SCI8101 | Science in Practice | Science

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The course specifications for SCI8101 Science in Practice form the primary guidelines for both students and staff in terms of the requirements of the course and the assessment via an essay. However, the following notes are provided as a more detailed guide as to what to focus on:

• SCIENCE:Select a topic in science, which the Oxford dictionary defines as “The intellectual and practical activity encompassing the systematic study of the structure and behaviour of the physical and natural world through observation and experiment1”. For the purposes of this course we can regard science as scholarly study of a particular “discipline” in the natural sciences (the sciences that deal with the natural world2), for example physics, astronomy, chemistry, earth science or biology, or a broader interdisciplinary “field” of study, such as environmental science.

• SCHOLARSHIP:The writing of an essay in science is broadly similar to the writing up of scientific research, but unlike research we are focused on scholarship (the use of existing knowledge) instead the writing up of new knowledge arising from observation or experiment. So what this means is that you are only being asked to survey and interpret past and current published literature and not engage in original research producing some new results (this is the domain of the companion course SCI8102 Research Skills).

• STRUCTURE:In scientific writing the following structure is often used:

Title – What the essay is about, with more emphasis on descriptiveness than attention seeking. Abstract – A summary of the essay a few hundred words long. It comprises a series of sentences that each succinctly summarizes the introduction, methodology, results and discussion sections. Introduction – Explains why the essay is written by generating an aim based on current knowledge. The field of study is introduced, and the focus narrows until we address a question to be explored or propose an idea or hypothesis to be tested.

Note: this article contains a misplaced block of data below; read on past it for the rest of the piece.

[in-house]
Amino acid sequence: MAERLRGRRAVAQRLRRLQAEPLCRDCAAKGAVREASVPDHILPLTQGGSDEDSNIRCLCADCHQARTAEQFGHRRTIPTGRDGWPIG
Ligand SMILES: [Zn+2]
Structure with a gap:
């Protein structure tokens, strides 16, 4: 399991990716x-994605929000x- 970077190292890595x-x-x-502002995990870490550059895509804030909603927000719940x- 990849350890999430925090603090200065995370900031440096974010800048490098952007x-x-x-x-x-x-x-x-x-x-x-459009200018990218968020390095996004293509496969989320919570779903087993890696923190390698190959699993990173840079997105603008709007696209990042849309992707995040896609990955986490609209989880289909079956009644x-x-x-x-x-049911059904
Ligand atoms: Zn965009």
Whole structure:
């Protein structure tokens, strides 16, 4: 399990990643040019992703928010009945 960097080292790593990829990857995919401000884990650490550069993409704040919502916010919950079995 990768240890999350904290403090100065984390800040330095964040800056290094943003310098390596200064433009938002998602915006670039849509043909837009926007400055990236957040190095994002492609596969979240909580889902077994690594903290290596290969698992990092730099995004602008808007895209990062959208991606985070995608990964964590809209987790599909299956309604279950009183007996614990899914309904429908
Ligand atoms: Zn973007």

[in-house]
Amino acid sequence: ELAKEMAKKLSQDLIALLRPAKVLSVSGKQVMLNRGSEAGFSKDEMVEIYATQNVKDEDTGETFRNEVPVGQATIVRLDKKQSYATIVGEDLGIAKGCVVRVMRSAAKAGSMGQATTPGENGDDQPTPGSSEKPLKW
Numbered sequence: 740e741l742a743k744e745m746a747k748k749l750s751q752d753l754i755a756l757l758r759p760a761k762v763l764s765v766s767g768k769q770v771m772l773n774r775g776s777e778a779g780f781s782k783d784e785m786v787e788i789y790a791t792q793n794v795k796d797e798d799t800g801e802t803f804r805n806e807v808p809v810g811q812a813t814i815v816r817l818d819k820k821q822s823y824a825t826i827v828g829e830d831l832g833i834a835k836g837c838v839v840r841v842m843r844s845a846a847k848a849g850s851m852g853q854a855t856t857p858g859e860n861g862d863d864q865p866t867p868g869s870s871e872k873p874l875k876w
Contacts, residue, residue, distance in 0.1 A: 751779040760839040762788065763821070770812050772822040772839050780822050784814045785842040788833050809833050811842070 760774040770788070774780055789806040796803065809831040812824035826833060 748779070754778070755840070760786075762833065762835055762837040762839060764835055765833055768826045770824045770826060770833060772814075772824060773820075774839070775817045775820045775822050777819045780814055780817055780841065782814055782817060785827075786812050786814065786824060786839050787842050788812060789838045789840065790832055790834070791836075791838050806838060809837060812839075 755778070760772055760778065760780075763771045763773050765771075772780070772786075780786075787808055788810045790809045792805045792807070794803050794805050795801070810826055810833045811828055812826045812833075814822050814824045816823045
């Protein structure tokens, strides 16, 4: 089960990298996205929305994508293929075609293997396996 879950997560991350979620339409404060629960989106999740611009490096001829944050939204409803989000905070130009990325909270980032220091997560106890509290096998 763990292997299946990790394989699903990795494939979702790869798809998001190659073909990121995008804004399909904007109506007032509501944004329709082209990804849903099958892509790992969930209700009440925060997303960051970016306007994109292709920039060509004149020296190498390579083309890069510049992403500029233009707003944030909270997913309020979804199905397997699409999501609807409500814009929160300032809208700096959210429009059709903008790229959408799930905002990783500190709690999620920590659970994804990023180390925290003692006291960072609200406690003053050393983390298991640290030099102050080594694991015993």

Methods – Explains how the question is explored or the idea or hypothesis is tested, sometimes using two parts, namely (1) the exposition of a theory followed by (2), a description of experimental or observational techniques and analysis methods used.

Results – Explains what has been found by the use of the above scientific method. Typically, the heart of the results section is a series of figures (plots) showing x versus y with experimental data points fitted by a curve described by theory. The accompanying figure captions and text should explain what the figures mean. A well-written work provides the reader with figure captions that be understood without referring to the main text, and a main text that can be understood without resorting to the figures.

Discussion – Here is where you explain what it all means by interpreting the results presented and presenting the reader with your view on what has been learned. Essays are fundamentally devices for influencing minds (your readers), but in an honest, transparent way using credible evidence, and this is especially the case if you are writing about science and want to be taken seriously by scientifically literate people.

References and appendices – A good essay uses plenty of credible references to support what is being written (and more general material referred to can also be listed, as a bibliography). Sometimes it makes sense to add an appendix to include important supporting material that would nevertheless distract the reader if included in the main body of the work.

• LENGTH: There is not a hard and fast rule here, but if you aim for about 5,000 words total that’s roughly 10 pages, assuming 12-point font, single spacing and no illustrations. However, its not advisable to neglect illustrations, unless you think you can write a completely absorbing essay that simply comprises many pages of closely typed text. Rather than worry about the essay being too short please don’t make it too long as you a writing an essay and not a novel! (“Brevity is the soul of wit” – William Shakespeare)

• EXAMPLES: There are many good examples of science writing in what could be described as being in an essay format. Have a look on the web and discuss them on the course Forum.

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